In a four-hour all-remote meeting Dec. 8, four Vassalboro Planning Board members reviewed and unanimously approved two major site review applications.
Jeremy Soucy has town approval to open a used car business at 24 Webber Pond Road, on the premises of a previous similar business at the Riverside Drive intersection. Leo and Andrew Barnett are permitted to build two large buildings and a small storage building at the end of Sherwood Lane, off Riverside Drive, and lease space in the large buildings to caregivers to grow medical marijuana.
Soucy still needs a used car dealer’s license from the state, he said. Once operating, he plans to have no more than 30 cars on site at a time, probably fewer.
He plans to do minor repairs, working indoors and not making unusual noise. He does not plan to run a state inspection station. Maximum hours of operation will be Monday through Saturday from 9 a.m. to 6 p.m., and he is likely to shorten them.
Soucy said he is on good terms with his neighbor to the north and intends to do nothing that will bother area residents. The original property-owner designed the lot well for a used-car business, he said.
Soucy’s application was approved with two conditions and one understanding. The conditions are that he will not park vehicles where they will block the view of motorists turning out of Webber Pond Road onto Riverside Drive; and any waste stored outdoors, like scrap metal, or indoors, like waste oil, will be in secure containers.
The informal understanding is that if Soucy restores power to the lighted identifying sign installed by the previous owner, he will, if necessary, change the sign or the light source so it will not illuminate the whole neighborhood, as planning board member Douglas Phillips said the previous one did.
The Barnetts’ application had already been the subject of a long public hearing on Nov. 10. Afterward, board members found the application incomplete and asked for additional information before they compared it to town ordinance requirements.
Sherwood Lane residents and their attorney, Brandon J. Mazer, of Perkins Thompson, in Portland, sent Codes Officer Paul Mitnik and the planning board a letter setting forth reasons they agreed the application was incomplete and believed the Barnetts’ proposal failed to meet town standards. Mazer participated in the Dec. 8 meeting, as did Vassalboro town attorney Kristin Collins, of Preti-Flaherty, in Augusta.
After the hearing, Mitnik visited the property (with the Barnetts’ permission, as it is posted against trespassing) and reported to the board on drainage issues and wooded buffers.
At the Dec. 8 meeting, planning board members reviewed the revised Barnett application and voted unanimously that it was complete. Changes from the original plan include adding the turn-around for emergency vehicles requested by volunteer fire department members.
After a short break for comments from the viewing public (attorney Mazer spoke), board members compared the plan to ordinance standards and voted, again unanimously, to issue a permit for the proposed buildings and their use. They attached four conditions to the approval.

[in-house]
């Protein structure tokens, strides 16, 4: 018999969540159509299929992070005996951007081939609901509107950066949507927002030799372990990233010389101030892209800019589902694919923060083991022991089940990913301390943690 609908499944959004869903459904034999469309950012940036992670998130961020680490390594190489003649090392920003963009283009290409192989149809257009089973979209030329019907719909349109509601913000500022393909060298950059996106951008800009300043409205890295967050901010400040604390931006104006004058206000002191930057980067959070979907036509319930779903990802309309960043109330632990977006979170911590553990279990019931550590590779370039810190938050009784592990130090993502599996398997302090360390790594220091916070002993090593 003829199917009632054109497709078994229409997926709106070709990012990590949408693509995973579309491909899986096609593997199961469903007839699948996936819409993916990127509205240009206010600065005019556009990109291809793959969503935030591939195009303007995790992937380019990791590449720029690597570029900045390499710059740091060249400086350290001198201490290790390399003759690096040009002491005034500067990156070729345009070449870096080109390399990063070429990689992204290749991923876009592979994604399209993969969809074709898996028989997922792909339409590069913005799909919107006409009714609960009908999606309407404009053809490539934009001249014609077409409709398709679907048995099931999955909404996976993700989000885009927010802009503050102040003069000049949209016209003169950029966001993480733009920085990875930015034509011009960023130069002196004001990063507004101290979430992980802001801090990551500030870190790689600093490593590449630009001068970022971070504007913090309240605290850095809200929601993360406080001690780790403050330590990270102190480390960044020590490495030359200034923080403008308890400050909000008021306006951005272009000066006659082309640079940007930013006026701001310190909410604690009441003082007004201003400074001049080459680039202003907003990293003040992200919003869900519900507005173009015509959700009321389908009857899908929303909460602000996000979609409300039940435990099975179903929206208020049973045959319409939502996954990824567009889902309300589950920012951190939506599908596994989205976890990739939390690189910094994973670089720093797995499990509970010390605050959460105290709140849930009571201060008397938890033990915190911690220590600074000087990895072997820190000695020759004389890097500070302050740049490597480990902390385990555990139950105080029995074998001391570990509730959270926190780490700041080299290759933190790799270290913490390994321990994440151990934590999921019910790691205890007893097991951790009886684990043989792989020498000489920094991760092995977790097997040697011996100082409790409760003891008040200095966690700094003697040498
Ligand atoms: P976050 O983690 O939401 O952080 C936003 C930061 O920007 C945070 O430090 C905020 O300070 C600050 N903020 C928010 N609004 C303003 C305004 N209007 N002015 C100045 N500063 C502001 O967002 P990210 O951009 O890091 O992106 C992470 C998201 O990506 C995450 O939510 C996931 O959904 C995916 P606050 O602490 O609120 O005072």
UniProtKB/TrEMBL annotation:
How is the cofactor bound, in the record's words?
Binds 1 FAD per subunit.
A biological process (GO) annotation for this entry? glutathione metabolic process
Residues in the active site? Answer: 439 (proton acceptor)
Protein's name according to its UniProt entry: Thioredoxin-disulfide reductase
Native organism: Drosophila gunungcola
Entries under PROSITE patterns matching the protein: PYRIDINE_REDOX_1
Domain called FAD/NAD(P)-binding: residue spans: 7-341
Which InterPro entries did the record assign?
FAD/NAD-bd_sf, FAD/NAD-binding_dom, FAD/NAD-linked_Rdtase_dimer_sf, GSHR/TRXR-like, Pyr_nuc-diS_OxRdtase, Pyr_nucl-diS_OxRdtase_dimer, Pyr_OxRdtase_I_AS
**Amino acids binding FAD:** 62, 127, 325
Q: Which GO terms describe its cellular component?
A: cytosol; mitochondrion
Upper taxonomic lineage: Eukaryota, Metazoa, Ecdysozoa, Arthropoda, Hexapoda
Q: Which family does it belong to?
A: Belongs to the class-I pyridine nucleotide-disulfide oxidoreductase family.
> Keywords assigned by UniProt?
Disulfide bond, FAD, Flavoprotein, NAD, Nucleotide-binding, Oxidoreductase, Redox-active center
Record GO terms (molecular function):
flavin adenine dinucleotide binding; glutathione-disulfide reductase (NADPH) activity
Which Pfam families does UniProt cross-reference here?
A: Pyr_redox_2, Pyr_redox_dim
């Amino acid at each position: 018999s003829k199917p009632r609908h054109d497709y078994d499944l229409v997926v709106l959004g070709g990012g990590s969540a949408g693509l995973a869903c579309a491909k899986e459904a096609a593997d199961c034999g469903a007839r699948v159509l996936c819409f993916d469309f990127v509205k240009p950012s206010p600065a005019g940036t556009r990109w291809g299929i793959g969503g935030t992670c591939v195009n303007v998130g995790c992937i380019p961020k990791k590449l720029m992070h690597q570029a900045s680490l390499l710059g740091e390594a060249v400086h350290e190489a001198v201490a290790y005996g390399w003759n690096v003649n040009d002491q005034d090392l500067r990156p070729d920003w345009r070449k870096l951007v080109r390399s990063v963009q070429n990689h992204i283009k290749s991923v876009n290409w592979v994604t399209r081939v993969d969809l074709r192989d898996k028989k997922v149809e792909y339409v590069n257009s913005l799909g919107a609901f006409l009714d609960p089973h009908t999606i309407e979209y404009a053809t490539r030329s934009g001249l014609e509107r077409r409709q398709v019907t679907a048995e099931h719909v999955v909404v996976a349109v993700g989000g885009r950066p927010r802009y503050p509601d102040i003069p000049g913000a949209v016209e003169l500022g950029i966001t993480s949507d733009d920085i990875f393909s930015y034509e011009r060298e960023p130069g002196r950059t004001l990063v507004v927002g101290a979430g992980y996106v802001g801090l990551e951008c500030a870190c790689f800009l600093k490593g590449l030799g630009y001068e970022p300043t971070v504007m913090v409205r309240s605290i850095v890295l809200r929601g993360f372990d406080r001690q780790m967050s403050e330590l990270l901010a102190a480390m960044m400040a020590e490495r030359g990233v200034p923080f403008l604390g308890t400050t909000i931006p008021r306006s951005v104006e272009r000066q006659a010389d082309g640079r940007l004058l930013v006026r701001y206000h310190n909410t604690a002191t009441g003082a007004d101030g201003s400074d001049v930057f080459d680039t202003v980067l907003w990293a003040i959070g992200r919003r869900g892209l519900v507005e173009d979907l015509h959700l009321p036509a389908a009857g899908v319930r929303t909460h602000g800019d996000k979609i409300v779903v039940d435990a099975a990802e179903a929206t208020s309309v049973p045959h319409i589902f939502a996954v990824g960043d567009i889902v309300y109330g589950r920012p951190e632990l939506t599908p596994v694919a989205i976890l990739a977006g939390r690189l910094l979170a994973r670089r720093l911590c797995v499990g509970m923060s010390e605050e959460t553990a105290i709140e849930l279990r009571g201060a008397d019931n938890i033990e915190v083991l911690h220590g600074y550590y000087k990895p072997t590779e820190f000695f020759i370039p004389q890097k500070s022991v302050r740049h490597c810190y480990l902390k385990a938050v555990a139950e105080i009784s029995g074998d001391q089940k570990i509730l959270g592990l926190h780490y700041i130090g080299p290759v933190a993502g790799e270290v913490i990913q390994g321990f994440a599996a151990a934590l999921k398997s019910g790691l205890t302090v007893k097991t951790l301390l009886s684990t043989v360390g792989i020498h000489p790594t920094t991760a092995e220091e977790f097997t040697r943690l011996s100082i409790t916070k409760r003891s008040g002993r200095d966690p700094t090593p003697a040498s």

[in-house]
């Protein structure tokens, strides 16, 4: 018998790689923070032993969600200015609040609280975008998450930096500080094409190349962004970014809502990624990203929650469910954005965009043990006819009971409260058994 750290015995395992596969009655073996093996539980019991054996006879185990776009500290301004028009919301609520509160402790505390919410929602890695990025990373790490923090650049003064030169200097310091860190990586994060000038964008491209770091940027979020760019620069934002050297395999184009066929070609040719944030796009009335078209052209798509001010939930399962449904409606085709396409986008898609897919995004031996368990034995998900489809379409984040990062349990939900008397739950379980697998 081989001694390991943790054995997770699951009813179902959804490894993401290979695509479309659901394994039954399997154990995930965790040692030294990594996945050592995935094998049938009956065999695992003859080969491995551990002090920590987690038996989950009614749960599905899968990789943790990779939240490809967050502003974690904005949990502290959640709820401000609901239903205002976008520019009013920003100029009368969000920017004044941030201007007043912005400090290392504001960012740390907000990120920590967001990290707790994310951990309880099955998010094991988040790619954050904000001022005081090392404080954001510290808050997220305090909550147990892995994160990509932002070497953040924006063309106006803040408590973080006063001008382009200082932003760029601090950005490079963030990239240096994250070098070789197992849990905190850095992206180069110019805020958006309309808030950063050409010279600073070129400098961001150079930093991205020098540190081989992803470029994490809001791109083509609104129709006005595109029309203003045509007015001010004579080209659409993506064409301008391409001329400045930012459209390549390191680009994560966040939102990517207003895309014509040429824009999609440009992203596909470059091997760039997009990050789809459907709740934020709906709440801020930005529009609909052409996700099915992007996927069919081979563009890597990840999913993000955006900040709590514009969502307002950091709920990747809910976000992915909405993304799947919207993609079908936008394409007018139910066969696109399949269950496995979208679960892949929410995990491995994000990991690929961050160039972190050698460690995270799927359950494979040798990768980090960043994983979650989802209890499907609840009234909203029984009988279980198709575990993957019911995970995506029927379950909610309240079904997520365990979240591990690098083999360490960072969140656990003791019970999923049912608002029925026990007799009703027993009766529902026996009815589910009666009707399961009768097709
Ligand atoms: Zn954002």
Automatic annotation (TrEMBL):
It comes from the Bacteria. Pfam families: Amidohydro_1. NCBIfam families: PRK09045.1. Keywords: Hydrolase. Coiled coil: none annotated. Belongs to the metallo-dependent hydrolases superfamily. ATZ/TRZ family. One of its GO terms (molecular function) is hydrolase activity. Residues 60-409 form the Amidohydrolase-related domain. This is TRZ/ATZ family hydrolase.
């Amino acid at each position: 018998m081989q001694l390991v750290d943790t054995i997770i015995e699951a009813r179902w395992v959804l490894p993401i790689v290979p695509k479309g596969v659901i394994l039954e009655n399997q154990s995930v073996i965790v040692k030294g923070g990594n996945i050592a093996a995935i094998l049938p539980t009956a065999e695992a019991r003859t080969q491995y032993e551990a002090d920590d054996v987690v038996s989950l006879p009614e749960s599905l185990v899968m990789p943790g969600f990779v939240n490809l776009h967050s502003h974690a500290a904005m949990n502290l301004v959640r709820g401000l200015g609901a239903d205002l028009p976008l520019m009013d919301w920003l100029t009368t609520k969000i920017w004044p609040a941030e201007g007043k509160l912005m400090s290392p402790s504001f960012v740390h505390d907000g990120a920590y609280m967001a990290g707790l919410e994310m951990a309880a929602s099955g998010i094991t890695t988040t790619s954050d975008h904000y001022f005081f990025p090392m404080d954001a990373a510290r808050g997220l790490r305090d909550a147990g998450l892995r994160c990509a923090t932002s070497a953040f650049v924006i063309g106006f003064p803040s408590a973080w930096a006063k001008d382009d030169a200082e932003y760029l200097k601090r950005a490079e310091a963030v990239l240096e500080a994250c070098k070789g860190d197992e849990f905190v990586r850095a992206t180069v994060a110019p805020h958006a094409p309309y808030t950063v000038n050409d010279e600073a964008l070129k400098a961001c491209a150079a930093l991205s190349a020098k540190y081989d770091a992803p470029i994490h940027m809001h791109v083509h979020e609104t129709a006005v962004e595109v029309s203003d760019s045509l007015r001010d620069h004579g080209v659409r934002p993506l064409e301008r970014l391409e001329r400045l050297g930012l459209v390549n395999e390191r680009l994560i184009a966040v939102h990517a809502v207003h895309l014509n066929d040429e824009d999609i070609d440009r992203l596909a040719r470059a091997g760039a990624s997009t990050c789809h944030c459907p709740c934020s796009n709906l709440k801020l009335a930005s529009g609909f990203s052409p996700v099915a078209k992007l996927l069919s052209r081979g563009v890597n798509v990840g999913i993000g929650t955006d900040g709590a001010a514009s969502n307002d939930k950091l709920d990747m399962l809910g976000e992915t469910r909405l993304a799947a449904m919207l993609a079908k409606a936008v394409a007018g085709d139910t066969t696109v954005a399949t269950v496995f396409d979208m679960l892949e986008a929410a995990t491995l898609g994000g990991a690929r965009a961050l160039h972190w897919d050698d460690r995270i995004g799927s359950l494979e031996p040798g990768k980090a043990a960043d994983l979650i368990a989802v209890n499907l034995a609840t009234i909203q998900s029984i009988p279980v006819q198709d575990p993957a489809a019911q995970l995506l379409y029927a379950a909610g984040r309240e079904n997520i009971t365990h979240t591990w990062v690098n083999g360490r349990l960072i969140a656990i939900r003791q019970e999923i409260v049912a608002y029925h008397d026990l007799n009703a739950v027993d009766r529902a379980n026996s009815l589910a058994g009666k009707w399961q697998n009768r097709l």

• A state Department of Environmental Protection staff member is to determine the location of a forested wetland on the property. A map shows it close to the proposed development, but Mitnik questioned the accuracy of the map; he thinks it is farther away.
• The growing buildings are to have odor control measures “to the satisfaction of the codes officer and meeting industry standards” – attorney Collins’ wording.
• Each caregiver who leases space to grow marijuana must show proof of registration with the state.
• The codes officer is to inspect the interior of the growing buildings to make sure growing facilities do not block exits.
The Barnetts said that once growing starts, outsiders are not allowed into the climate-controlled buildings. Mitnik said he would be satisfied to inspect when the growing areas are set up, before seeds are planted.
The review included discussion of objections raised by Sherwood Lane residents. Collins clarified state law concerning medical marijuana, as distinct from adult use marijuana, and the relationship between Vassalboro’s marijuana ordinance and state laws and regulations.
Board member Marianne Stevens repeatedly expressed concern about the location at the end of a residential street, for example, worrying about children and traffic. Leo Barnett said he does not expect a lot of traffic. He reminded board members that his similar facility on Old Meadow Lane, which the planning board, on Nov. 10, allowed him to double, has more residents along its access road.
Discussion of planning board business did not begin for some minutes after Chairman Virginia Brackett opened the meeting, because Vassalboro Community School technology expert David Trask needed to get participants connected via YouTube so that everyone could hear and be heard.
The Vassalboro Planning Board normally meets the first Tuesday evening of the month, so the next meeting should be Tuesday evening, Jan. 5, 2021.
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